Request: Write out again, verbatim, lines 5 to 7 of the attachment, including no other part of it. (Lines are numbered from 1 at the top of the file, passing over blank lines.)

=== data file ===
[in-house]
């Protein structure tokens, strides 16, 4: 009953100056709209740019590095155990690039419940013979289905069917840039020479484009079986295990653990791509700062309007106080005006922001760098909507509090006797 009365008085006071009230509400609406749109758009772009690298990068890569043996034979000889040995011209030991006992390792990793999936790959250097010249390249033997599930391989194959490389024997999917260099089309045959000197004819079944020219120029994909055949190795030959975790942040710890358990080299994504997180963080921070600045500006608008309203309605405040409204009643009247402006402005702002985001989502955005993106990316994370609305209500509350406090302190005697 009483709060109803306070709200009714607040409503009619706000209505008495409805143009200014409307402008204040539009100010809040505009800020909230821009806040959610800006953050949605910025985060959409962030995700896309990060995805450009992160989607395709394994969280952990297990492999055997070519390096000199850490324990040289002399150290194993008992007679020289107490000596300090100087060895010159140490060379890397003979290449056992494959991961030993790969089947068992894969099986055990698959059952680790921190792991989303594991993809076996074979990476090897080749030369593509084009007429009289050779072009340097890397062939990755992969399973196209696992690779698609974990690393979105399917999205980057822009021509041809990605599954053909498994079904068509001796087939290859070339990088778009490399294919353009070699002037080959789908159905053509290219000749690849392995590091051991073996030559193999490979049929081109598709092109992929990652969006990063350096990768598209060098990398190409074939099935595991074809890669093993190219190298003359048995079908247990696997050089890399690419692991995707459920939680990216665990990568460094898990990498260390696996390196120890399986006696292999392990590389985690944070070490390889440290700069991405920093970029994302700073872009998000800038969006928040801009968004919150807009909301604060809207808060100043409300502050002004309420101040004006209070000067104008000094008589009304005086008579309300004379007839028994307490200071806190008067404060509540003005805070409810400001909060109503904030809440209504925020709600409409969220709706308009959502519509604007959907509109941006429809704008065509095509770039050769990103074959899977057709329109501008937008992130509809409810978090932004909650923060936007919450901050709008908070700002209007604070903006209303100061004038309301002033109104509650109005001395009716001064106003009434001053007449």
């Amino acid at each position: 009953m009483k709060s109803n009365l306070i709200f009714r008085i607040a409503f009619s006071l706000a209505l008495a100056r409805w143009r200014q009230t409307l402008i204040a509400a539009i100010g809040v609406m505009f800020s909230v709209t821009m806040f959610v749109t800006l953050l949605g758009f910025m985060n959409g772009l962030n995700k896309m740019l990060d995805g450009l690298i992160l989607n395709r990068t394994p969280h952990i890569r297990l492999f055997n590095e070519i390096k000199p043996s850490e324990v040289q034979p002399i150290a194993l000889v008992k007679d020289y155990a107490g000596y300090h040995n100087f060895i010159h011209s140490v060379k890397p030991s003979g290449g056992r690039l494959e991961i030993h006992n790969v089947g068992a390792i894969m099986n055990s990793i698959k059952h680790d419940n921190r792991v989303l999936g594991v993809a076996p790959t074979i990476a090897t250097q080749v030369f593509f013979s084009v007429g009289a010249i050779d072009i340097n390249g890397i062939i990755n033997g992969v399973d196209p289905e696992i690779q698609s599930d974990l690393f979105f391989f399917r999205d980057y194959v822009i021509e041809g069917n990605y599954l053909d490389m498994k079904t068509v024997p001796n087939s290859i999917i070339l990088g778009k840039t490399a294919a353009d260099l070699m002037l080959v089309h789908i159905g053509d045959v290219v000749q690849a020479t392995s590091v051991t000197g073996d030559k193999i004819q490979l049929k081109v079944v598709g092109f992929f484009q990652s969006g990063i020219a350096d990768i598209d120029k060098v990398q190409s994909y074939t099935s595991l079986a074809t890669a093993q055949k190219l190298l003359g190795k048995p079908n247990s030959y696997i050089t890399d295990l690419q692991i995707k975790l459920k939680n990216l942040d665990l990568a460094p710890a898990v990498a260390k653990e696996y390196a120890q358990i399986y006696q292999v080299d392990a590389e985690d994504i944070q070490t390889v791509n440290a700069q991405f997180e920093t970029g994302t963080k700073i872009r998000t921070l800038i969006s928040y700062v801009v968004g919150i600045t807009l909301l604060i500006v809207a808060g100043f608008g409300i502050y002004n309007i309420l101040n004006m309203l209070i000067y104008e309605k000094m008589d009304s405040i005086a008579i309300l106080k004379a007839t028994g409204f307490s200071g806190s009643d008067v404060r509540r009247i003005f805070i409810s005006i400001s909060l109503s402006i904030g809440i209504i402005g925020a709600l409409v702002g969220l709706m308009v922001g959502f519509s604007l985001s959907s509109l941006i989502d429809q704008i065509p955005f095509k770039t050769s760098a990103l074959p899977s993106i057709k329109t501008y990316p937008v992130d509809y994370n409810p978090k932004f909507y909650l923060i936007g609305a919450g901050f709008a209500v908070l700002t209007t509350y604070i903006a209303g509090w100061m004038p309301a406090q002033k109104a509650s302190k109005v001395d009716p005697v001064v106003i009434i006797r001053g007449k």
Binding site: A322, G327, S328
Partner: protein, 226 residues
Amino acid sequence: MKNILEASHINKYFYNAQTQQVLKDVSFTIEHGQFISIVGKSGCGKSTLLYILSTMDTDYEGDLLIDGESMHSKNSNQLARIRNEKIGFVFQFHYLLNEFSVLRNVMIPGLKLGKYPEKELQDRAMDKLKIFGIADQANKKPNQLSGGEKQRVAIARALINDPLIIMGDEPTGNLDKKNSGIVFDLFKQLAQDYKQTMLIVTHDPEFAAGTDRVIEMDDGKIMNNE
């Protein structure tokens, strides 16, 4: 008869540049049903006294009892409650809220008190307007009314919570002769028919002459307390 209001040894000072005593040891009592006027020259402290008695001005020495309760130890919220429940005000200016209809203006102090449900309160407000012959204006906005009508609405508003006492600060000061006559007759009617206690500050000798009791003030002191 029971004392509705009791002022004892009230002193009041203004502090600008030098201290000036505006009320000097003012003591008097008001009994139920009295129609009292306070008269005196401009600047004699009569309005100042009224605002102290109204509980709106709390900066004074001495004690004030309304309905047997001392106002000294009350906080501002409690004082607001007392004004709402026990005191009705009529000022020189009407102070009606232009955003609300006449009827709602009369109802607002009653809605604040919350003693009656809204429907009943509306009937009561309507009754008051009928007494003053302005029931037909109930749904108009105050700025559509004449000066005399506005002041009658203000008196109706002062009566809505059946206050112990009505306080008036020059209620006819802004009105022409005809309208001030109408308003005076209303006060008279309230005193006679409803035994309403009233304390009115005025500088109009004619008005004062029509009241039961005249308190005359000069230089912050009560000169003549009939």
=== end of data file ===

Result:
Partner: protein, 226 residues
Amino acid sequence: MKNILEASHINKYFYNAQTQQVLKDVSFTIEHGQFISIVGKSGCGKSTLLYILSTMDTDYEGDLLIDGESMHSKNSNQLARIRNEKIGFVFQFHYLLNEFSVLRNVMIPGLKLGKYPEKELQDRAMDKLKIFGIADQANKKPNQLSGGEKQRVAIARALINDPLIIMGDEPTGNLDKKNSGIVFDLFKQLAQDYKQTMLIVTHDPEFAAGTDRVIEMDDGKIMNNE
């Protein structure tokens, strides 16, 4: 008869540049049903006294009892409650809220008190307007009314919570002769028919002459307390 209001040894000072005593040891009592006027020259402290008695001005020495309760130890919220429940005000200016209809203006102090449900309160407000012959204006906005009508609405508003006492600060000061006559007759009617206690500050000798009791003030002191 029971004392509705009791002022004892009230002193009041203004502090600008030098201290000036505006009320000097003012003591008097008001009994139920009295129609009292306070008269005196401009600047004699009569309005100042009224605002102290109204509980709106709390900066004074001495004690004030309304309905047997001392106002000294009350906080501002409690004082607001007392004004709402026990005191009705009529000022020189009407102070009606232009955003609300006449009827709602009369109802607002009653809605604040919350003693009656809204429907009943509306009937009561309507009754008051009928007494003053302005029931037909109930749904108009105050700025559509004449000066005399506005002041009658203000008196109706002062009566809505059946206050112990009505306080008036020059209620006819802004009105022409005809309208001030109408308003005076209303006060008279309230005193006679409803035994309403009233304390009115005025500088109009004619008005004062029509009241039961005249308190005359000069230089912050009560000169003549009939």